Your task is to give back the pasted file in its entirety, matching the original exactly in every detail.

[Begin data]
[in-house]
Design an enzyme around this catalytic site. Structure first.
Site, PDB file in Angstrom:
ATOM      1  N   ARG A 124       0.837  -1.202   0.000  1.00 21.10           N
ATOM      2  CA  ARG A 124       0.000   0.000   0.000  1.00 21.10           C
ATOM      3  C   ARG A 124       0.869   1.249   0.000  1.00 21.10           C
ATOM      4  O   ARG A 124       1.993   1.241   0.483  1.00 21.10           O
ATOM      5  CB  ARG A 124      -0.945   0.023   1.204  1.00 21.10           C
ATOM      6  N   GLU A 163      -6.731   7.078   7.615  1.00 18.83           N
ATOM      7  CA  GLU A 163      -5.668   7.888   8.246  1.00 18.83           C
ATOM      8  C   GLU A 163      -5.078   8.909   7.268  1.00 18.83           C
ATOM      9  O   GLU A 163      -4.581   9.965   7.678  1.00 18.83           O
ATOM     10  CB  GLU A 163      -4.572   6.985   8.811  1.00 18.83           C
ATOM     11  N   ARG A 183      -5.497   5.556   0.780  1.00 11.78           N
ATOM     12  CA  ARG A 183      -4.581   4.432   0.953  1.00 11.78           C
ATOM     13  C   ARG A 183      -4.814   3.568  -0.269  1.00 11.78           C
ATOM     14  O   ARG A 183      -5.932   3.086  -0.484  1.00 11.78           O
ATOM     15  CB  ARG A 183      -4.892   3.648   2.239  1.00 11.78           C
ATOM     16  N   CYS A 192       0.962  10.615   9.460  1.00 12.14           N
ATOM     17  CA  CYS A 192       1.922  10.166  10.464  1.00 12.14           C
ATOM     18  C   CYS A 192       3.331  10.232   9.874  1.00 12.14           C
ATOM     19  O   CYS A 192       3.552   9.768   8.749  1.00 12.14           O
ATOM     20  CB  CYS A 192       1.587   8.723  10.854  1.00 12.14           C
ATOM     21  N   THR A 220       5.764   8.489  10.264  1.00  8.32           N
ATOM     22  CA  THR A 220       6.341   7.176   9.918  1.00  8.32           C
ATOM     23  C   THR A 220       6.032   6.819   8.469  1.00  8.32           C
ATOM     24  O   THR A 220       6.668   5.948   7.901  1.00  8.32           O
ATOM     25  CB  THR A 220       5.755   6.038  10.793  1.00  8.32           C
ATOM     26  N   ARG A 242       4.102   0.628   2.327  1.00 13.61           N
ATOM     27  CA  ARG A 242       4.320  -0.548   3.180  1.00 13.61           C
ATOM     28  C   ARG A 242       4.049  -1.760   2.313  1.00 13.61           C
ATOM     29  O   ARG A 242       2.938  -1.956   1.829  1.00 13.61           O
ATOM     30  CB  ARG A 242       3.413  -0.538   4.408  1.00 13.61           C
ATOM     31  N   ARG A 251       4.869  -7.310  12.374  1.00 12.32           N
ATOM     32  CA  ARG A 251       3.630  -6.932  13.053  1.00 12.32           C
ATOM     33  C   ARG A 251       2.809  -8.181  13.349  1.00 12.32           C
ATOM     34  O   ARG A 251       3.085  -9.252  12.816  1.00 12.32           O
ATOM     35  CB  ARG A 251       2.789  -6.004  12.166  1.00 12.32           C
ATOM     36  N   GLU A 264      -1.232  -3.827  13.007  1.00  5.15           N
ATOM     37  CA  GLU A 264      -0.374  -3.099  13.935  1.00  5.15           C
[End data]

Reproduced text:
[in-house]
Design an enzyme around this catalytic site. Structure first.
Site, PDB file in Angstrom:
ATOM      1  N   ARG A 124       0.837  -1.202   0.000  1.00 21.10           N
ATOM      2  CA  ARG A 124       0.000   0.000   0.000  1.00 21.10           C
ATOM      3  C   ARG A 124       0.869   1.249   0.000  1.00 21.10           C
ATOM      4  O   ARG A 124       1.993   1.241   0.483  1.00 21.10           O
ATOM      5  CB  ARG A 124      -0.945   0.023   1.204  1.00 21.10           C
ATOM      6  N   GLU A 163      -6.731   7.078   7.615  1.00 18.83           N
ATOM      7  CA  GLU A 163      -5.668   7.888   8.246  1.00 18.83           C
ATOM      8  C   GLU A 163      -5.078   8.909   7.268  1.00 18.83           C
ATOM      9  O   GLU A 163      -4.581   9.965   7.678  1.00 18.83           O
ATOM     10  CB  GLU A 163      -4.572   6.985   8.811  1.00 18.83           C
ATOM     11  N   ARG A 183      -5.497   5.556   0.780  1.00 11.78           N
ATOM     12  CA  ARG A 183      -4.581   4.432   0.953  1.00 11.78           C
ATOM     13  C   ARG A 183      -4.814   3.568  -0.269  1.00 11.78           C
ATOM     14  O   ARG A 183      -5.932   3.086  -0.484  1.00 11.78           O
ATOM     15  CB  ARG A 183      -4.892   3.648   2.239  1.00 11.78           C
ATOM     16  N   CYS A 192       0.962  10.615   9.460  1.00 12.14           N
ATOM     17  CA  CYS A 192       1.922  10.166  10.464  1.00 12.14           C
ATOM     18  C   CYS A 192       3.331  10.232   9.874  1.00 12.14           C
ATOM     19  O   CYS A 192       3.552   9.768   8.749  1.00 12.14           O
ATOM     20  CB  CYS A 192       1.587   8.723  10.854  1.00 12.14           C
ATOM     21  N   THR A 220       5.764   8.489  10.264  1.00  8.32           N
ATOM     22  CA  THR A 220       6.341   7.176   9.918  1.00  8.32           C
ATOM     23  C   THR A 220       6.032   6.819   8.469  1.00  8.32           C
ATOM     24  O   THR A 220       6.668   5.948   7.901  1.00  8.32           O
ATOM     25  CB  THR A 220       5.755   6.038  10.793  1.00  8.32           C
ATOM     26  N   ARG A 242       4.102   0.628   2.327  1.00 13.61           N
ATOM     27  CA  ARG A 242       4.320  -0.548   3.180  1.00 13.61           C
ATOM     28  C   ARG A 242       4.049  -1.760   2.313  1.00 13.61           C
ATOM     29  O   ARG A 242       2.938  -1.956   1.829  1.00 13.61           O
ATOM     30  CB  ARG A 242       3.413  -0.538   4.408  1.00 13.61           C
ATOM     31  N   ARG A 251       4.869  -7.310  12.374  1.00 12.32           N
ATOM     32  CA  ARG A 251       3.630  -6.932  13.053  1.00 12.32           C
ATOM     33  C   ARG A 251       2.809  -8.181  13.349  1.00 12.32           C
ATOM     34  O   ARG A 251       3.085  -9.252  12.816  1.00 12.32           O
ATOM     35  CB  ARG A 251       2.789  -6.004  12.166  1.00 12.32           C
ATOM     36  N   GLU A 264      -1.232  -3.827  13.007  1.00  5.15           N
ATOM     37  CA  GLU A 264      -0.374  -3.099  13.935  1.00  5.15           C